Headset bearing cup replacement

RichardB

Slightly retro
Location
West Wales
Just a quick query ... refinishing a frame. Have removed the headset bearing cups and now want to reinstall in the frame. I've seen people using tools and jigs for this on YouTube, but is it OK just to use a couple of wood blocks and a hammer to tap the cups into place? Happy to make up a jig with a long bolt/washers etc if necessary, but won't bother if it's OK to tap everything into place carefully with a hammer, with vital parts suitably protected. Aware of the need to apply force so that things go in square. Thanks for any advice.
 

Gunk

Veteran
Location
Oxford
A press is better, I’ve use a homemade version, works really well.

image.jpg
 

si_c

Guru
Location
Wirral
Bearings are one of the few things I tend to take the frame to the bike shop for - last time it cost me a tenner. Worth it to my mind personally - I've got a made up headset press but it can sometimes take a while to get it in square and I'd rather get it done right.

It's something I do very rarely though - once in the last 4 years.
 

midlife

Guru
The races can only fit one way down the tube and they stop when they reach the end. As Rogerzilla says care needs to be taken with alloy cups :smile:
 
OP
RichardB

RichardB

Slightly retro
Location
West Wales
Thanks all. The cups and frame are steel, so I will try the block and mallet approach first. No problem to make up a puller with a bolt and washers if it doesn't go well. Thanks for the advice.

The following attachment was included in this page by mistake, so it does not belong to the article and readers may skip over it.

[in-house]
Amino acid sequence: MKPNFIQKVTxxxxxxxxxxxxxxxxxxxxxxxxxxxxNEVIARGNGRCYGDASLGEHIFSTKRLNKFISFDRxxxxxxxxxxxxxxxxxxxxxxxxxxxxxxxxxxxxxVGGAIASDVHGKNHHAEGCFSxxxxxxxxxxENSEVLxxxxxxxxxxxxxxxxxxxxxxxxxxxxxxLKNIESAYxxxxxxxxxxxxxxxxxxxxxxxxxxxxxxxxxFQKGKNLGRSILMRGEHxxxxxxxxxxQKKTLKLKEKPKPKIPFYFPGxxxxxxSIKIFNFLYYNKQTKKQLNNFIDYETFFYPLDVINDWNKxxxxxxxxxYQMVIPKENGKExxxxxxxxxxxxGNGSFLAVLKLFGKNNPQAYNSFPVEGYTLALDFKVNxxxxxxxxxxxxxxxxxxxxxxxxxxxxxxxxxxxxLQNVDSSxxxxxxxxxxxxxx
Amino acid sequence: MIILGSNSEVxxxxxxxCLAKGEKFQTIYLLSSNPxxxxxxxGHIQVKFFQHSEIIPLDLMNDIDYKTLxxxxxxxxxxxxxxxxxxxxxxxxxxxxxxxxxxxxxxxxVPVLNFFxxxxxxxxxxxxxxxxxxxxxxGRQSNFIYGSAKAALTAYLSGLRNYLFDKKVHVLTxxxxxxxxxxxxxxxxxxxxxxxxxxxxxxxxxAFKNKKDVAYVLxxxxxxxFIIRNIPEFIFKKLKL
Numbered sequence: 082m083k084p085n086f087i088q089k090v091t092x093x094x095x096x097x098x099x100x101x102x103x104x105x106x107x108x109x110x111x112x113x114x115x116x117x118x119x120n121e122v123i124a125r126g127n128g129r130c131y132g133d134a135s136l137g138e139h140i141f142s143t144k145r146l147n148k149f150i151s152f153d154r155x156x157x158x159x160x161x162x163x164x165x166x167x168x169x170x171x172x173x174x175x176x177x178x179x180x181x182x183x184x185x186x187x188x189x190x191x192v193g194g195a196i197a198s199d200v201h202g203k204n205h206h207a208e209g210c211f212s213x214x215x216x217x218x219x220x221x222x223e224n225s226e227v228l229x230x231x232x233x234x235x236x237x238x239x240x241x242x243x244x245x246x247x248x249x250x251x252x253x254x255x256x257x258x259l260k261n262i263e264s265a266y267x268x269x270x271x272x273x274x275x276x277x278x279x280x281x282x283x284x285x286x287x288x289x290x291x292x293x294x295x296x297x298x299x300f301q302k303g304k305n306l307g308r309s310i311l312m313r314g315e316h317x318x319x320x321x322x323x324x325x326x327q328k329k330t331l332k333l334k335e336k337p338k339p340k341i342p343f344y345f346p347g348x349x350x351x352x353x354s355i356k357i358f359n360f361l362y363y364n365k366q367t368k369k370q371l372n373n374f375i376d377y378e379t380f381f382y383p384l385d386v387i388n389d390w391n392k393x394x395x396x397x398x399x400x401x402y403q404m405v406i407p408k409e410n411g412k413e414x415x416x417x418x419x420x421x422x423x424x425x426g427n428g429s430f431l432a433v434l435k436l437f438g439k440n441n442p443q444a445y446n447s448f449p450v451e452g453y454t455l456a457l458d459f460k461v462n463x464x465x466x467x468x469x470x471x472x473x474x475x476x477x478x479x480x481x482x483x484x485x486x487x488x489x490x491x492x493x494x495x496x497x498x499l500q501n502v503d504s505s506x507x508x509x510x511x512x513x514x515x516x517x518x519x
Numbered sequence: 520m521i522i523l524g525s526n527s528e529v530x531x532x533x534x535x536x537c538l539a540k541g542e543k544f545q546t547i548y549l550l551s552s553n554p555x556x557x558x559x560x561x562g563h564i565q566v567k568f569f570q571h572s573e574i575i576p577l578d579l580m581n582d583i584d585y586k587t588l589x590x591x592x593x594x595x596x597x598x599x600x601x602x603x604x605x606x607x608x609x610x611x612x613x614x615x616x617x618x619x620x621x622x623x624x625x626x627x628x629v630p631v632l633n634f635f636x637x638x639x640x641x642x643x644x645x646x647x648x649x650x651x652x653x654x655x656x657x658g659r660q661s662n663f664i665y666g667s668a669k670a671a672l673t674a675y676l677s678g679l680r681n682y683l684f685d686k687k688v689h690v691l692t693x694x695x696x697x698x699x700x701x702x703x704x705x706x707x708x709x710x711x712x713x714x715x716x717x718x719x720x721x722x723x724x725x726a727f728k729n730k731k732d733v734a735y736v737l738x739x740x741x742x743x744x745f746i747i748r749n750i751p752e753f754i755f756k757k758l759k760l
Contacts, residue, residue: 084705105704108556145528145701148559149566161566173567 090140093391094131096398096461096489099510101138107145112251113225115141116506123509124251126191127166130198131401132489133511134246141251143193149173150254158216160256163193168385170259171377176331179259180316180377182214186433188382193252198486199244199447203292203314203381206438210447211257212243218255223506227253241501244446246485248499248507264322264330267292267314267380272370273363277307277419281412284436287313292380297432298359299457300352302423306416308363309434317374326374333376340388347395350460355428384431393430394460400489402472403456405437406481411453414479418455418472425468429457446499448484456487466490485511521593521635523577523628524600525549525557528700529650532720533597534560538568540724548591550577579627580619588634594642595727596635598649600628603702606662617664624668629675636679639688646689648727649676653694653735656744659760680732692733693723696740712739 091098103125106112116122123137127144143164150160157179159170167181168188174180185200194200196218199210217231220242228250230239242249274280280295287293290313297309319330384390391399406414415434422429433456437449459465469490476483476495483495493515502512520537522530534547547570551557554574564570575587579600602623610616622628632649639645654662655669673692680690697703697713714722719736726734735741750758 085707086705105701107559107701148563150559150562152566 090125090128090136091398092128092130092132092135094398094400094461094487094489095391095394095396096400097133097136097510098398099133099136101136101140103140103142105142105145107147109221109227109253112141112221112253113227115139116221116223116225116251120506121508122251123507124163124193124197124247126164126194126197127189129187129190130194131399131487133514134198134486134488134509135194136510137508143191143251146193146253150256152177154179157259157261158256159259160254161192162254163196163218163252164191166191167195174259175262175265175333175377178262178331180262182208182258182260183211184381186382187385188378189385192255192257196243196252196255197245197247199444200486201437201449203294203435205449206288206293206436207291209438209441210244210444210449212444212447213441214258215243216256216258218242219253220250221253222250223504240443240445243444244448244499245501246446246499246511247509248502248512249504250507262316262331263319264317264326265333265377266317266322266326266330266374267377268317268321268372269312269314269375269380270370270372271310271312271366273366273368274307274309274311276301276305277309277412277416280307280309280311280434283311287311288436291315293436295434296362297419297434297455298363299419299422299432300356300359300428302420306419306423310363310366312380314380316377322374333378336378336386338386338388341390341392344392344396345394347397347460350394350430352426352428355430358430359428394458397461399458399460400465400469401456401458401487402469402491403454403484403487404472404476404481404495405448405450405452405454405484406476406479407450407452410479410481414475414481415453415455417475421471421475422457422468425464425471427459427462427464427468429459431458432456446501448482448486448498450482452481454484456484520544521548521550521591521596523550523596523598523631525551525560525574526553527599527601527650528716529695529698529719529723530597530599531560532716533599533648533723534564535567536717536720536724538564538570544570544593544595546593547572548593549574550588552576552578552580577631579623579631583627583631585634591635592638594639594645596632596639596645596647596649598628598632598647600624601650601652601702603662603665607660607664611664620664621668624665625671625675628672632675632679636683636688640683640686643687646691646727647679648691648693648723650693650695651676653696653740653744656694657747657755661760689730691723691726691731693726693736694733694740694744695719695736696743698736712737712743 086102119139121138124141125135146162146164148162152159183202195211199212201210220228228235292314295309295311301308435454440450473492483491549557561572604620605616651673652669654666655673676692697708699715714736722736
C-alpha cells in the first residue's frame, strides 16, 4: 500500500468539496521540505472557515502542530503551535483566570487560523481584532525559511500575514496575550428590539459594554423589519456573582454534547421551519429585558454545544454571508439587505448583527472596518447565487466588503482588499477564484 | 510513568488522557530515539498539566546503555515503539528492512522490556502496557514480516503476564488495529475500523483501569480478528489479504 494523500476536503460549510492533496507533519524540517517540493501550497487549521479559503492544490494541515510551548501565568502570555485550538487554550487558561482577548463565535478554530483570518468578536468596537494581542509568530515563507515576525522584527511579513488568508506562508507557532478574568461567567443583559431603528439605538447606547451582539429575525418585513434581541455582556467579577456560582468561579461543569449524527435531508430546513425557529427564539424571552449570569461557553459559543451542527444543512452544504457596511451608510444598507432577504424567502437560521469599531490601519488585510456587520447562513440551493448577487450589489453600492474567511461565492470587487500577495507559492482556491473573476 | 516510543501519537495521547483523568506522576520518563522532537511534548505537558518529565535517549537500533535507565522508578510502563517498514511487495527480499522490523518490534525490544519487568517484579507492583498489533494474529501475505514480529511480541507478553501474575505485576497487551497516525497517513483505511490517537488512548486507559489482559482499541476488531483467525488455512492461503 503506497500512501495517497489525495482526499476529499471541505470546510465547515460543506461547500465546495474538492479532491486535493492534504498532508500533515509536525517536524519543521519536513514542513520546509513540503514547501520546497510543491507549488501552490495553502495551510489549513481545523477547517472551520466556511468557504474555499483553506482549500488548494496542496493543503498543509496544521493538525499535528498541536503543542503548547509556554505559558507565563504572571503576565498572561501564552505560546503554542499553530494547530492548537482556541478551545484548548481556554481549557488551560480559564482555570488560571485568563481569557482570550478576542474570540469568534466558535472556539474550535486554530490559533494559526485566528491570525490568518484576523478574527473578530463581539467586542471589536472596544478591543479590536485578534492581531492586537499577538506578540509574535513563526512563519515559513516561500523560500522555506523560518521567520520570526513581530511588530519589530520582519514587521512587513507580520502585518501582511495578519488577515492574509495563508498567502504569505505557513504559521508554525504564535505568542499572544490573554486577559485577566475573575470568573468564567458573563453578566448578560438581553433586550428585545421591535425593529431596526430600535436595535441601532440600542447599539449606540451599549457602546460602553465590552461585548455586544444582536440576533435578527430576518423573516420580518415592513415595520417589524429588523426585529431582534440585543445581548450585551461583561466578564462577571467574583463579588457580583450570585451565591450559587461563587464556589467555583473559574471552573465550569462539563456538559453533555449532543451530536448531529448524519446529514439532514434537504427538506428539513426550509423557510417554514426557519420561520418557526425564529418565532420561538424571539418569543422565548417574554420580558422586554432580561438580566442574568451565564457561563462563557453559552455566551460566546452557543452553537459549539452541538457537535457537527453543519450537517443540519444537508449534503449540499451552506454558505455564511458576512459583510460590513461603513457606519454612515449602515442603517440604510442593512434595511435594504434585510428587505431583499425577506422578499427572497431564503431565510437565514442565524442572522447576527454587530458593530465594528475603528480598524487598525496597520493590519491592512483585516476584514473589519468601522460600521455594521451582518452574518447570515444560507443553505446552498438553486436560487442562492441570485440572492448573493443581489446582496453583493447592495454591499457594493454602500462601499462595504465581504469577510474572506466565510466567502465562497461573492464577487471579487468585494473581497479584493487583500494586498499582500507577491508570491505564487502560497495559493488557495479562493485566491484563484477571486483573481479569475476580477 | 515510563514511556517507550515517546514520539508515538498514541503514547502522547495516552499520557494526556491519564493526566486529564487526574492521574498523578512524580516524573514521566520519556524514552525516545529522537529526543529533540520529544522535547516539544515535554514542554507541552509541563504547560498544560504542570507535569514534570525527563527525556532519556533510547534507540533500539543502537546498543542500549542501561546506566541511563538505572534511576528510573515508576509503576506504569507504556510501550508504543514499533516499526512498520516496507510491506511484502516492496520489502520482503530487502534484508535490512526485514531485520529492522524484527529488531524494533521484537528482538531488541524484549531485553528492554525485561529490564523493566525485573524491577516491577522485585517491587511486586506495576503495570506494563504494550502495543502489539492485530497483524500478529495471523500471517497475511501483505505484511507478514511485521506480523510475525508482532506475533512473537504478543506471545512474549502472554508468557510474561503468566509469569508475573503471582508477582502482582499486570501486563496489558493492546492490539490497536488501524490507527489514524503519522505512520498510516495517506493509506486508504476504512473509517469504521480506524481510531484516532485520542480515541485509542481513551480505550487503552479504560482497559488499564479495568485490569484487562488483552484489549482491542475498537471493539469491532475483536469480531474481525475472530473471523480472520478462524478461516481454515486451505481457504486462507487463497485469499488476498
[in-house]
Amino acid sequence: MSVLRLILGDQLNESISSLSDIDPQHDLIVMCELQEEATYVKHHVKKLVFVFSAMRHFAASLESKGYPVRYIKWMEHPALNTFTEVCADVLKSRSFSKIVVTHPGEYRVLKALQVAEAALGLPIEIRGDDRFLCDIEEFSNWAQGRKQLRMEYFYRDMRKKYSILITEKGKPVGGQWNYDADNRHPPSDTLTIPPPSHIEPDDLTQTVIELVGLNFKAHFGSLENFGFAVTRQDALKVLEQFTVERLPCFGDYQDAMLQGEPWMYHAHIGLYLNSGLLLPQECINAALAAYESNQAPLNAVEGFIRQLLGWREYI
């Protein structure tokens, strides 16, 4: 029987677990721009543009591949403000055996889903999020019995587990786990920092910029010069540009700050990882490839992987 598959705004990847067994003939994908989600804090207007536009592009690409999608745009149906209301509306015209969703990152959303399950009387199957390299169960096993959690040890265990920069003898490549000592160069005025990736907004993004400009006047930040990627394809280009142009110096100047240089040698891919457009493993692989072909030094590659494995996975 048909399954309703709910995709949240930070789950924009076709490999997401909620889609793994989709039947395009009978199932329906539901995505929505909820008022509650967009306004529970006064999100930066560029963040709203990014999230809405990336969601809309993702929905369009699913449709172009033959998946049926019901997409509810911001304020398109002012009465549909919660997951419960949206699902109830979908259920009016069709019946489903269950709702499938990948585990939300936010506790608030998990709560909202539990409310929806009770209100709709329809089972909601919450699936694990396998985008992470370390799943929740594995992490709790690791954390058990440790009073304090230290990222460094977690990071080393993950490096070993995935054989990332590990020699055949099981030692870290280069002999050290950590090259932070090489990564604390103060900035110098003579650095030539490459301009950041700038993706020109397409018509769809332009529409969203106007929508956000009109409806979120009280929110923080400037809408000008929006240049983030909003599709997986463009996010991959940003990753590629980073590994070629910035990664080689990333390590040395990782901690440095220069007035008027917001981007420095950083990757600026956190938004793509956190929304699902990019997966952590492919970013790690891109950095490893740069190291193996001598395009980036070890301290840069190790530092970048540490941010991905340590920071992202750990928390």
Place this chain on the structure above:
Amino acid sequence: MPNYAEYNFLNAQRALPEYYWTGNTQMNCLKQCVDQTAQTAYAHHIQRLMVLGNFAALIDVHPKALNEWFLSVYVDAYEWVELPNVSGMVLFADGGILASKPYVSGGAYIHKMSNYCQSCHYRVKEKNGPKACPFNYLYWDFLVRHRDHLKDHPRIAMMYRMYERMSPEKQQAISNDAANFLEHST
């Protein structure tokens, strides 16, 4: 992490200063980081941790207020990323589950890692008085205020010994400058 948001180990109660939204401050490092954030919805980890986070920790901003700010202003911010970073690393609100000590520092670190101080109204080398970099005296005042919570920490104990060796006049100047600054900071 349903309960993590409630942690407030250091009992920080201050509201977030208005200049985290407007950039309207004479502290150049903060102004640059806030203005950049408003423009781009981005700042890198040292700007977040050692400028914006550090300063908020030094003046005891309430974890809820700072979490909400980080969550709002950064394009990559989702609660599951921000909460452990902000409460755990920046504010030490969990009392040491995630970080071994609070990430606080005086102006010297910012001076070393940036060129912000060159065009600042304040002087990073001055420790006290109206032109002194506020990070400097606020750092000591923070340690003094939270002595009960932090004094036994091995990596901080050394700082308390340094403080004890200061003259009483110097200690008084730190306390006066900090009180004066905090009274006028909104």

SkipdiverJohn

Deplorable Brexiteer
Location
London
Unless a bearing is a FT fit in a hole and can be easily pressed or squeezed in a bench vice, I just whack 'em in personally and I'm not just talking about bike bearings. The trick is to be careful to start them as straight as possible so they don't get wedged on the piss and only use small amounts of persuasion until the cup has properly entered the head tube. I tend to use a length of pipe over a shaft, or a flat block of wood and hit those with the hammer. That way you avoid impact damage to the part and it goes in straighter. When a part appears to be fully seated visually, I give it another, harder final whack just to be sure. You don't want a bearing part seating itself further once assembled and under load as it messes up the adjustment.
 

fossyant

Ride It Like You Stole It!
Location
South Manchester
I've done it with two blocks of wood on a very expensive steel frame and Dura Ace headset. As has been said, make sure the logo's are lined up ! :laugh:

Just take your time and ensure the cups are going in straight. For the £3.99 above, I'd be tempted to get that.

Only bash stuff if the bike is a skipper. :whistle:
 
OP
RichardB

RichardB

Slightly retro
Location
West Wales
I've been quite happy in the past to fit wheel bearings in cars and m/bikes with a block of wood and a hammer. From the sound and feel it is easy to know when the bearing has 'bottomed' in the hole. Bicycles are a bit more delicate. In fact, now I think about it, this is exactly how I fitted new head bearings to a Triumph Sprint 955, but I had forgotten that I also had the cups in the freezer overnight. Thanks for the reminder - that should make it easy.

Have ordered the press tool - I couldn't make one up for that price (country hardware stores not the cheapest).

Thanks all. ^_^
 
Top Bottom